Instead of 10-15 minutes and back in the boat to paddle up to Penny Island for a bite to eat, we spent the next 90 minutes gathering foam bits, tennis balls, plastic and glass beverage containers and this lone steelhead.

A large meal, unnoticed by gulls, vultures and eagles. The all white gums of this fish told me it is a steelhead, chinook are all black, coho are black & white.

A large meal, unnoticed by gulls, vultures and eagles. The all white gums of this fish told me it is a steelhead, chinook gums are all black, coho gums black & white.

Perhaps the sand coating had sealed in the scent sufficiently to hide this meal from being discovered. I carried it out to the surf and the gulls and vultures quickly took notice.

Dan was a bit worried, as we had left our boats unattended for quite a while (and had not secured them very well either)

After piling up trash into caches for retrieval later, we hustled back to find our boats swirling in an eddy, off-shore, being herded by Dan’s good friend Bob. Bob boats here nearly every day and knows the land, as well as the boats. He was kind enough to push them to shore where we secured them and spent a while talking about all manner of seaside topics.

After returning to our caches to recover them, lashing everything (except one large truck tire we left up high for another caring individual to pack out), we carefully made our way to Penny Island for a late lunch.

Dan was nice enough to share his sandwich, for I had only arrived with drinks and pastries from Tomales Bakery. We devoured our meal as buffleheads and mergansers floated by.

Once the sun had dipped behind the ridge, the temp dropped and my wet wetsuit became downright chilly. (the day started out quite chilly, the drive up from Inverness was on ice-coated roads. My usual put-in along Walker Creek was occupied by Cheda’s tow truck hoisting the Hog Island Oyster delivery van from the creek, a sheepish driver pacing the shoulder)

Dan and I quickly paddled to the boat ramp to disgorge our discoveries and load boats back on to cars for the drive back.


See below what washes down the Russian River on a daily basis.


Same as it ever was…Same as it ever was…Same as it ever was…
Same as it ever was…Same as it ever was…Same as it ever was…
Same as it ever was…Same as it ever was…

Water dissolving…and water removing
There is water at the bottom of the ocean
Carry the water at the bottom of the ocean
Remove the water at the bottom of the ocean!

Letting the days go by/let the water hold me down
Letting the days go by/water flowing underground
Into the blue again/in the silent water
Under the rocks and stones/there is water underground.

Letting the days go by/let the water hold me down
Letting the days go by/water flowing underground
Into the blue again/after the money’s gone
Once in a lifetime/water flowing underground.




56 tennis balls on second ever ikea bag. This one in great shape, sure to help haul hundreds of pounds of trash off many beaches.


56 shoes, soles or footbeds


Second syringe of the litter season.


First ever unicorn.

IMG_0982 IMG_0983 IMG_0986 IMG_0988 IMG_0989 IMG_0990 IMG_0991



Save our planet – Ho ho ho, Nestlé’s got to go!

Here is another post from the people at “The story of stuff”. They are doing a great job and I want to share this with all of you.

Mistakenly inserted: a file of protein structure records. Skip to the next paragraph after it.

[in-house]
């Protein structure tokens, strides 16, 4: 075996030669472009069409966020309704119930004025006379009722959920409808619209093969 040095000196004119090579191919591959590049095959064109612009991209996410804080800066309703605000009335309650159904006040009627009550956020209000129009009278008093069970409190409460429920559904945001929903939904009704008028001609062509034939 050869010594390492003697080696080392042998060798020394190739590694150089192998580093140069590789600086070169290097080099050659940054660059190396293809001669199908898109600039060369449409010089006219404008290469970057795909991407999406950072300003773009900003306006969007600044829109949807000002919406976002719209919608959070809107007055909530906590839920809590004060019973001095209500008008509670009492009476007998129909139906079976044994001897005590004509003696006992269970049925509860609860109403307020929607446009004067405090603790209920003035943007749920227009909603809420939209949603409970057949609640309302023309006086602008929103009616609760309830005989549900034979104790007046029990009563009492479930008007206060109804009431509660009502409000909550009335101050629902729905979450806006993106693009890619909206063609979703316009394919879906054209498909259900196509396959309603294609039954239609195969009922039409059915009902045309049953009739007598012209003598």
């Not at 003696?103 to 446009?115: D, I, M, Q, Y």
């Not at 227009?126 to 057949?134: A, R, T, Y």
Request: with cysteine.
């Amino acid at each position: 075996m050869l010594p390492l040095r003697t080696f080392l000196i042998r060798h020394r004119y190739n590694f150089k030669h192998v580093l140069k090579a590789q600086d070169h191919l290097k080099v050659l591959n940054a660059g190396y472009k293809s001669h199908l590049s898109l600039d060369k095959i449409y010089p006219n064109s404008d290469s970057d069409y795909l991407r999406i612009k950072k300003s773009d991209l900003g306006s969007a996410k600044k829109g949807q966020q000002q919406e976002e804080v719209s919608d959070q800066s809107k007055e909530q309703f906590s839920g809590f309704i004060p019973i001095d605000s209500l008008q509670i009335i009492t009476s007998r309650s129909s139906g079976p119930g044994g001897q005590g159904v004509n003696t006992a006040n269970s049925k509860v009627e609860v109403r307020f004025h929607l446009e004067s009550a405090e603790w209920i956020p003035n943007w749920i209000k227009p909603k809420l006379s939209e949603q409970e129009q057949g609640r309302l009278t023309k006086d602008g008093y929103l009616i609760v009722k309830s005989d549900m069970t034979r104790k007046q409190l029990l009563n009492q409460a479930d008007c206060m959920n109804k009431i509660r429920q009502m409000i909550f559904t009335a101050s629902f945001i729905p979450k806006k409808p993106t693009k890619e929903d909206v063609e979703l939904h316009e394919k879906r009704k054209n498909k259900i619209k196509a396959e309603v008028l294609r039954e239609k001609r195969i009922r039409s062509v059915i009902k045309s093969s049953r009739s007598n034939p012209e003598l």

Please have a read then take action!


This is an exciting time for The Story of Stuff Project. Last year, after nearly half a million people worldwide signed our petition calling on Nestlé to stop privatizing public water, we knew it was time to turn this Community’s passion into action. Since then we’ve seen these efforts pay off in a big way.

Thanks to support from Story of Stuff Community members like you, we made a film and filed a lawsuit to stop Nestlé from illegally pumping water from California’s drought-scarred San Bernardino National Forest. In doing so we grabbed worldwide news headlines and the attention of Nestlé Waters’ CEO Tim Brown, who reached out to our Campaigns Director to request a meeting.

In the weeks after we launched our campaign in San Bernardino, we heard from communities across North America that are fighting their own battles against Nestle’s water privatization agenda. From California, Oregon, Maine and Pennsylvania to British Colombia and Ontario, one thing has become crystal clear: these brave folks on the front lines of efforts to protect our public water need our support to hold Nestlé accountable.

Will you help us make a movie about the communities worldwide fighting Nestlé, so that their stories go viral until Nestle cleans up its act?

By talking to concerned citizens all over the world, we’ve learned a lot about how Nestlé operates. The company has interfered with local politics, aggressively tried to elect Nestlé friendly officials to change zoning laws, and even attempted to bribe townships with “community development funds” and donations of…yup, bottled water!

But while the communities fighting Nestlé on the ground are all too familiar with these tactics, there is a world full of Nestlé consumers who are unaware they’re supporting these bad practices. By telling this story, we can bring unprecedented visibility to these local struggles, and harness the power of public opinion — and our Community — to curb Nestlé’s unethical business practices.

We’ve already been in touch with two communities whose stories we think are worth telling:

Story 1: In Cascade Locks, Oregon, Nestlé has proposed to bottle over 100 million gallons of water per year from Oxbow Springs, a publicly owned water source in the Columbia River Gorge National Scenic Area. Local activists and tribespeople have united together to defend this water, on which the region’s fishing, tourism and farming industries rely. These activists not only want to stop Nestlé from drawing water in the Columbia River Basin for bottling and sale, but to pass a law to stop all future water exports from their beautiful state, creating an example for people worldwide.